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anticipatory actions are to be executed can significantly interfere with response onset. At this stage, it remains unclear whether the effect was due to the precise spatial offset between the moving target and visual distractor or the precise timing of the appearance of the distractor. In an attempt to further investigate this issue, in the second experiment, the spatial offset between moving target and distractor was kept equal to that observed in Experiment 1 at the 210 ms interval. That is, 2.9 dva (126 pixels) between the centre of the moving target and the centre of the distractor on the x-axis.
Experiment 2 Participants. Fourteen volunteers (9 men and 5 women, age range 19–33; mean = 25 years) participated in this experiment and all gave their written informed consent prior to commencement of the study, which was approved by the local Ethics Committee of the University of Queensland. They received a small financial compensation for their participation (AU$20). Four of the 14 participants in Experiment 2 had previously taken part in Experiment 1. Procedure The task, procedures, data reduction and analysis were identical to experiment 1 with the following exception: the position of the visual distractor was variable and depended on the position of the moving target on the monitor screen. The spatial offset between the centre of the moving target and the centre of the distractor was 2.9 dva (126 pixels) in the x-axis, with the visual distractor always leading the moving target.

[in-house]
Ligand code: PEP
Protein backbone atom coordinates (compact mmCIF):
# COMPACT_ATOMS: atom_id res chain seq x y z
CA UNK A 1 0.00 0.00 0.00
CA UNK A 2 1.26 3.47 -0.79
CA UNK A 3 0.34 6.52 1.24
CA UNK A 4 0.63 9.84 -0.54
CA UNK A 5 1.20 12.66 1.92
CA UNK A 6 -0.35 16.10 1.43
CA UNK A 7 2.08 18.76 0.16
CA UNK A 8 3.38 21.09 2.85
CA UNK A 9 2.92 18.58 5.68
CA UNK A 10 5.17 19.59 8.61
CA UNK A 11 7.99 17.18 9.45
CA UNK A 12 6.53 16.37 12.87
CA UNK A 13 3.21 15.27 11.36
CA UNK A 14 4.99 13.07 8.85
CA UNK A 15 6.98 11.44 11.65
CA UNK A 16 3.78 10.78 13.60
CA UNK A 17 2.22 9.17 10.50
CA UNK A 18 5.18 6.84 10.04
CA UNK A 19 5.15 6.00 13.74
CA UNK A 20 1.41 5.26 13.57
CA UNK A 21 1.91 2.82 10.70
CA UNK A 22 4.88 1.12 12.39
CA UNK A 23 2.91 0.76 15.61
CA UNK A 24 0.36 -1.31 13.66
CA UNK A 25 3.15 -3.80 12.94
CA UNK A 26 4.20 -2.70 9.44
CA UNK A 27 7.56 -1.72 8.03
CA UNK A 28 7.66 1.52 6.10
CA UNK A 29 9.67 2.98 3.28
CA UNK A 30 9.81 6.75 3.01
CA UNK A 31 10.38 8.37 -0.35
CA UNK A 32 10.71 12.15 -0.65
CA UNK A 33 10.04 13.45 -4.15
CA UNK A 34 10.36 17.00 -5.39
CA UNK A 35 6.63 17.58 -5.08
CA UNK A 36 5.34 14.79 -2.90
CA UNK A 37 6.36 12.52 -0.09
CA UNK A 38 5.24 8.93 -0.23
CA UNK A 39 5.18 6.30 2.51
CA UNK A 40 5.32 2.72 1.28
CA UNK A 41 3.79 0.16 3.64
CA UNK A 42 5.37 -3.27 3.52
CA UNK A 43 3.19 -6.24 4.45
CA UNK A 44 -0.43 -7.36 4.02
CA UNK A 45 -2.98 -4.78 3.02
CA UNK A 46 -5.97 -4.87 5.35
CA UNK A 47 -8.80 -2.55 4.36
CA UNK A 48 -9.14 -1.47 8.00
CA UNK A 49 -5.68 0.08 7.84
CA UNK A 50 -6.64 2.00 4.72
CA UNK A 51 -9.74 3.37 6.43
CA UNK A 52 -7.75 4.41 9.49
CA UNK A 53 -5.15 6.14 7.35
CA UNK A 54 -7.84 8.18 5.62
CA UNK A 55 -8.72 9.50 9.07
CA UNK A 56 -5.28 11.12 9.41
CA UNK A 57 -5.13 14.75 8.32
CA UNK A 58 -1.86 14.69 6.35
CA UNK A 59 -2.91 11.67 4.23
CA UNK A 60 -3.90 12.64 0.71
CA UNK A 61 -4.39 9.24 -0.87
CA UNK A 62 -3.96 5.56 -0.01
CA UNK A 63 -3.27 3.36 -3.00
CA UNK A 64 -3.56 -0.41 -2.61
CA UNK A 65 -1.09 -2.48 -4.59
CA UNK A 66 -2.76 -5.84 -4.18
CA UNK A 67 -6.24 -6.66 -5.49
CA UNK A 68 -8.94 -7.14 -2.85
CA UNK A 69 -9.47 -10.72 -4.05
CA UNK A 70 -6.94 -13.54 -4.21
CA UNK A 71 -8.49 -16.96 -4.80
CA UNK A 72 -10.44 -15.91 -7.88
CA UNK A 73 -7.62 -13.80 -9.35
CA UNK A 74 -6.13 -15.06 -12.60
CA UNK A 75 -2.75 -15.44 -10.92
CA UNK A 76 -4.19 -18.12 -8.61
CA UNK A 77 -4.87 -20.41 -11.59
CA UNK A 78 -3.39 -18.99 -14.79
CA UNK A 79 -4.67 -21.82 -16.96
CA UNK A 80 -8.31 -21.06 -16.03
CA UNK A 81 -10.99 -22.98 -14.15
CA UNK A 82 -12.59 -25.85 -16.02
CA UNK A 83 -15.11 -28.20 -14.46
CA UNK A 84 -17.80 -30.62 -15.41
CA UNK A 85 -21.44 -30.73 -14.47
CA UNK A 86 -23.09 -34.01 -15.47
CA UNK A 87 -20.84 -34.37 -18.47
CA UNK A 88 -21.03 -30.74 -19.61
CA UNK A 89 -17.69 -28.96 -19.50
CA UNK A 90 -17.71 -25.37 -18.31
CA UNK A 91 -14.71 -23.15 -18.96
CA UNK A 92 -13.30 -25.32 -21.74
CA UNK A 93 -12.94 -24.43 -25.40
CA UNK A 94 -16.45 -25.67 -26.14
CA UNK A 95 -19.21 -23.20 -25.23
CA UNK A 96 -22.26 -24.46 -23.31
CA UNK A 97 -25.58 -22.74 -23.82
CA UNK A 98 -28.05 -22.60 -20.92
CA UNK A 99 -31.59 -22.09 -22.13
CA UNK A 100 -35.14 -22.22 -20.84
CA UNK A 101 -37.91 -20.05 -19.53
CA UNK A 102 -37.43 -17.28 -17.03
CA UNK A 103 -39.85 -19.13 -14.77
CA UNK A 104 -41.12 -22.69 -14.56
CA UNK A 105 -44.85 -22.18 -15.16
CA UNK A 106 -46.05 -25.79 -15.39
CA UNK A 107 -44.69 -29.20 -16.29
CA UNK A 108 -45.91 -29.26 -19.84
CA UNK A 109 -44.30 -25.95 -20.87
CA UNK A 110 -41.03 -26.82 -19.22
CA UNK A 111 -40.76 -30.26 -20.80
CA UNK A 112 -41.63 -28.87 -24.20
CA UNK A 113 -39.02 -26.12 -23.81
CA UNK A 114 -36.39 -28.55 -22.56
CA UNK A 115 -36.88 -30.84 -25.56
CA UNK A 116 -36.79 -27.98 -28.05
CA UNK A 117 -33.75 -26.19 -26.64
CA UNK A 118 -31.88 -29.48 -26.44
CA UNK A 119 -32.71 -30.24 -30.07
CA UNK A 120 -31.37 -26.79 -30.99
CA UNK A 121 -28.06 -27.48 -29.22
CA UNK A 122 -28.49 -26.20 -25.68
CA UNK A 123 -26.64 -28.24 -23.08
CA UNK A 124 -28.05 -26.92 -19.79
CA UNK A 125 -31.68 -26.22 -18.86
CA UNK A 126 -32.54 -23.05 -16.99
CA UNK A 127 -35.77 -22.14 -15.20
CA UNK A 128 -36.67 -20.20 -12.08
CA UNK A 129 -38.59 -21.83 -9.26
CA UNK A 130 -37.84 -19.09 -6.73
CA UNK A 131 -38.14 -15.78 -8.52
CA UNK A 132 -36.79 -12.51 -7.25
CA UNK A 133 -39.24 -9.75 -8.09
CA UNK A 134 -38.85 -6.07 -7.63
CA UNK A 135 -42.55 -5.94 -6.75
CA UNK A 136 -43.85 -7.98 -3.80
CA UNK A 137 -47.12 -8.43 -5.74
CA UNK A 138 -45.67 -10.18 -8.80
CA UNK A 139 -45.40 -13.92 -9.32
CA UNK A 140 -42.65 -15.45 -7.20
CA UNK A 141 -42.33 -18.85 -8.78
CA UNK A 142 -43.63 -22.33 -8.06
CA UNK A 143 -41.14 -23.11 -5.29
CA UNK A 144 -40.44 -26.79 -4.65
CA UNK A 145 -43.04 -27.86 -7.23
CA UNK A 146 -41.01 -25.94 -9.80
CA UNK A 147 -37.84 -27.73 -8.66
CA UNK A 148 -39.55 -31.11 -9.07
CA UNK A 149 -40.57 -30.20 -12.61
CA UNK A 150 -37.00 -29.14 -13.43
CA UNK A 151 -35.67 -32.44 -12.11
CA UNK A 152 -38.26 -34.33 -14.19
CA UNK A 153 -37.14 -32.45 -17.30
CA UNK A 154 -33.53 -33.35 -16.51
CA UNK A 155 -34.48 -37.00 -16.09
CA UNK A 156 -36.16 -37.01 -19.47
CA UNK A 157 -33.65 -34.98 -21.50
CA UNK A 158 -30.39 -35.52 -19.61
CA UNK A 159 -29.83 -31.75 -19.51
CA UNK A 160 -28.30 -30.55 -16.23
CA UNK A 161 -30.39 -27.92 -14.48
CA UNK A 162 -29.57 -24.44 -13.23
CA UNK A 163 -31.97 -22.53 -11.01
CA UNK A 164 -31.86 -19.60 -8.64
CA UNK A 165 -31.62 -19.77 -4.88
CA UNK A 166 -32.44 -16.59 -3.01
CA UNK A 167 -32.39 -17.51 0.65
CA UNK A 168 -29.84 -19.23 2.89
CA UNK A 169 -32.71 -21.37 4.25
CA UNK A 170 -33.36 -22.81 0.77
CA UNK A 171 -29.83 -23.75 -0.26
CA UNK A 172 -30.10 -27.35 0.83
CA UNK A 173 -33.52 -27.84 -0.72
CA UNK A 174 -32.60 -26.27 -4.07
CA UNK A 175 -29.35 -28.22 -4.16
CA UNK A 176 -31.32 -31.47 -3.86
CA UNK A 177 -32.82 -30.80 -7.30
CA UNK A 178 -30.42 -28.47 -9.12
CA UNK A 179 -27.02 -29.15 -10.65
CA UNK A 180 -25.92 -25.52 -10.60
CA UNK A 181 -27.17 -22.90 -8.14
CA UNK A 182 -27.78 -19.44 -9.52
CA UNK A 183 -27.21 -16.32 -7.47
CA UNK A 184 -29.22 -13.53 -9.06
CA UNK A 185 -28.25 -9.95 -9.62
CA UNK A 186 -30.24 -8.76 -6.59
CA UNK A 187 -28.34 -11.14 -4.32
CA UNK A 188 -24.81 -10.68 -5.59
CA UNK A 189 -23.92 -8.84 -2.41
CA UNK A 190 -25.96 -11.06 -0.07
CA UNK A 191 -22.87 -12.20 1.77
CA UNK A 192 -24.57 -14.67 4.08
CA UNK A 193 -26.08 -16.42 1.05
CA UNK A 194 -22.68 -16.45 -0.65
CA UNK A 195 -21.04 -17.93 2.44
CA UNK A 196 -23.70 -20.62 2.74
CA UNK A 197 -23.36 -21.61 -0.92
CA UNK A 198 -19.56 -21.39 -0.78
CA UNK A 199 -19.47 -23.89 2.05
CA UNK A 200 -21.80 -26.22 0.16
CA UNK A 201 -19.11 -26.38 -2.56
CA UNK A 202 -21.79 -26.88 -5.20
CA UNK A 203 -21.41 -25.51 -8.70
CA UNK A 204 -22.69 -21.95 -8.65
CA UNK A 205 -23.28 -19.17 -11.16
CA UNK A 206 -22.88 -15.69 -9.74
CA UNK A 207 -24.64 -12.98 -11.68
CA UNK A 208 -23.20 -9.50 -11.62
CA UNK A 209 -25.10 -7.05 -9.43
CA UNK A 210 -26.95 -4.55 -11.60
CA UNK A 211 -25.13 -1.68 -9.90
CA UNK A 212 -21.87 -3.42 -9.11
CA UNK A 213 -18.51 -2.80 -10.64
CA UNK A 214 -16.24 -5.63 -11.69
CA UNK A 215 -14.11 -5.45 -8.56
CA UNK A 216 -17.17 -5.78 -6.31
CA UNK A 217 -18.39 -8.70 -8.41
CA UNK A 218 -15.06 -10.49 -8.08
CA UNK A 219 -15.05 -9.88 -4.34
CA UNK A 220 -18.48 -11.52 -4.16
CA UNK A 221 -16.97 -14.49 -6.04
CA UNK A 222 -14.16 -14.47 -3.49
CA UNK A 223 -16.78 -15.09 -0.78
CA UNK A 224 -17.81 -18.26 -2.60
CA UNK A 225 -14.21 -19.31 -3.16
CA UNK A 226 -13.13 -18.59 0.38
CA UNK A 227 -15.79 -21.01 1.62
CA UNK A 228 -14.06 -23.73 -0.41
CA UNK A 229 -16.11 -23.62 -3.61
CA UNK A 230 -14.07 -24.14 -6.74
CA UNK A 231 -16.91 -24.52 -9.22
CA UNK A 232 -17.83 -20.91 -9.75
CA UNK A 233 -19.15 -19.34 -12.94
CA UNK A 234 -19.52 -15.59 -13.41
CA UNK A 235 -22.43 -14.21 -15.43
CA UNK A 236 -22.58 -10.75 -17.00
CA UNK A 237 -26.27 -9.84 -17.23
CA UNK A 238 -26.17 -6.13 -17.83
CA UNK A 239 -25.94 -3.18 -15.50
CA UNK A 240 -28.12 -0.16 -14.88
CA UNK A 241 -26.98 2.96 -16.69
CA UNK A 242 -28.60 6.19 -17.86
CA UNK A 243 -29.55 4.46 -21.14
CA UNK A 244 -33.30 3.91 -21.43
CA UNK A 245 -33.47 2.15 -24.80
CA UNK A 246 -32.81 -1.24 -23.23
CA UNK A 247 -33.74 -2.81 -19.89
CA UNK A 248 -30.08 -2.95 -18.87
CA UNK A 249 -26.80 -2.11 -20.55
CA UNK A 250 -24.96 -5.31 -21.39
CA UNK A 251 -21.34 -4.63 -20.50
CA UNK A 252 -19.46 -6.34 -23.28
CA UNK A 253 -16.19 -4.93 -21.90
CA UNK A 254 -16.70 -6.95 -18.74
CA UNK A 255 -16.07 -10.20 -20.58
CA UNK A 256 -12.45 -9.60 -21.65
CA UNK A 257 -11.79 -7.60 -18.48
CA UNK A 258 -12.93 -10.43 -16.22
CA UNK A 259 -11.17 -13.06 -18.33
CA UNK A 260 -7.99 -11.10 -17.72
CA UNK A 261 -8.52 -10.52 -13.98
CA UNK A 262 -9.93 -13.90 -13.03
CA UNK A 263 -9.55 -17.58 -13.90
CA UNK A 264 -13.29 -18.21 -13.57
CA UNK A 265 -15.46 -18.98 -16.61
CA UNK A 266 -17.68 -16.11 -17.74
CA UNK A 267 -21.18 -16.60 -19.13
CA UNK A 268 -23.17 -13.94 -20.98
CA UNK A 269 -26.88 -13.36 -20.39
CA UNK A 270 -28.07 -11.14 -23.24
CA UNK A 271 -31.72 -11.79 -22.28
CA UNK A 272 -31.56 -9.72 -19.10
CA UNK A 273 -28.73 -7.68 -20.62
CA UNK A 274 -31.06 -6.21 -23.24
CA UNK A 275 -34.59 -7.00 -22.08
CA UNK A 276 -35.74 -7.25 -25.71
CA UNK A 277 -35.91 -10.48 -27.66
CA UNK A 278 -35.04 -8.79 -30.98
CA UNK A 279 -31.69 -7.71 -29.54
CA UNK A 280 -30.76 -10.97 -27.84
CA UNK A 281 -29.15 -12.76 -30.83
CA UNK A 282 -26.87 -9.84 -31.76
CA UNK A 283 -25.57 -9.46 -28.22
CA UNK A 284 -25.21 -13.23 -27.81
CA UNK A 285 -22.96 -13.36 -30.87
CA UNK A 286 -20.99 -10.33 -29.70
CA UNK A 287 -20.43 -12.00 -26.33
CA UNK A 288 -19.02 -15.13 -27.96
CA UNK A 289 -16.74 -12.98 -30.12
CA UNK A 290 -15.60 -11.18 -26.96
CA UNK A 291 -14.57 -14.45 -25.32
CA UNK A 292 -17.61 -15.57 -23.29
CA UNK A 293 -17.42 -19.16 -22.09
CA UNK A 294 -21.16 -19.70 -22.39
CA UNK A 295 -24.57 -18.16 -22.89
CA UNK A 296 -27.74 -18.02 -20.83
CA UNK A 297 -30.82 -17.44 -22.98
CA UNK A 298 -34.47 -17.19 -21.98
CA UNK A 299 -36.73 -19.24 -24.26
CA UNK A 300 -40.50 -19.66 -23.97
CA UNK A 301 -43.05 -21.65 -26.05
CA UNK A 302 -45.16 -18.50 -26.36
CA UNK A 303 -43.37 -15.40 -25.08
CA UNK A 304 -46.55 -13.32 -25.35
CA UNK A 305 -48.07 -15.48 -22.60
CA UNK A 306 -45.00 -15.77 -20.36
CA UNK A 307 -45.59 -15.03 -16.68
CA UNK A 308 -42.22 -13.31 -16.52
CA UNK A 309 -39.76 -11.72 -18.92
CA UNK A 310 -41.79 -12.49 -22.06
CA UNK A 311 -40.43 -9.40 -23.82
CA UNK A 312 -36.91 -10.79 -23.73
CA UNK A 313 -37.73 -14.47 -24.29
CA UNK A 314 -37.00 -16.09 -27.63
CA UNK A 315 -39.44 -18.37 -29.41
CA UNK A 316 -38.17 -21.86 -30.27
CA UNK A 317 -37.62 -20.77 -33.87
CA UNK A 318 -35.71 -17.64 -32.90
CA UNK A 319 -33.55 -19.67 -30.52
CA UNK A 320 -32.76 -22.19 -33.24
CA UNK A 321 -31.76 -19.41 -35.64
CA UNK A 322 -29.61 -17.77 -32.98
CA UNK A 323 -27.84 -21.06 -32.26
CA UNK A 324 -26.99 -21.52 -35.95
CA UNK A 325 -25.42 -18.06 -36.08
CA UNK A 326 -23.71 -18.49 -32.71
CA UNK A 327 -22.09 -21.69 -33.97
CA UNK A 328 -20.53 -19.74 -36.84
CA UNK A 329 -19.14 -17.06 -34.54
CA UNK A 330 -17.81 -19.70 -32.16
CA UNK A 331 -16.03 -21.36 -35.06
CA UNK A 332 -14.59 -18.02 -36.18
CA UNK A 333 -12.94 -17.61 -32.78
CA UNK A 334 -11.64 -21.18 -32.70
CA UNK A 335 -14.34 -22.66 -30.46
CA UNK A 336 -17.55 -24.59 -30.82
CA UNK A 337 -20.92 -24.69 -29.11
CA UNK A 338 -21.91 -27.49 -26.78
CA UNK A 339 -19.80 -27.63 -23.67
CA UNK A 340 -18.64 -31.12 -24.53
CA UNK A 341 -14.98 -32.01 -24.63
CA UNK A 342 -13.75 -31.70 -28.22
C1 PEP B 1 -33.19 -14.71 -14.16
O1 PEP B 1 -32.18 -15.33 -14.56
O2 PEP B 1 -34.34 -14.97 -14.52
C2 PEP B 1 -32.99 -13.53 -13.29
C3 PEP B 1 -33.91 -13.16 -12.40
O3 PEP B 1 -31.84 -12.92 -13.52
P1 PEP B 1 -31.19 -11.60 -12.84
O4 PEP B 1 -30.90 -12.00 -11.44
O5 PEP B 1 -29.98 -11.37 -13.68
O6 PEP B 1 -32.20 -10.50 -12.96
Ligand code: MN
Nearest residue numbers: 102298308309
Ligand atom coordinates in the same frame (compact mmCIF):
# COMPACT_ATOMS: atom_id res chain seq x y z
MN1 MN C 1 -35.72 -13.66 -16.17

Results Figure 2b displays the mean constant and variable temporal errors across all experimental conditions in Experiment 2. The repeated measures ANOVA on the constant temporal error showed a significant effect of distractor timing, F(7, 91) = 6.42, P \ 0.001, g2p = 0.33. The post hoc test comparing control trials and distractor trials indicated that response onset was significantly delayed when the distractors were presented at 350 and 280 ms prior to the time of arrival of the moving target at the contact location as shown in Fig. 2b. The repeated measures ANOVA on the variable temporal error also detected a significant effect of distractor timing, F(7, 91) = 10.26, P \ 0.001, g2p = 0.44. A posteriori comparisons between distractor and control conditions showed that the magnitude of the variable temporal error was greater when the distractor was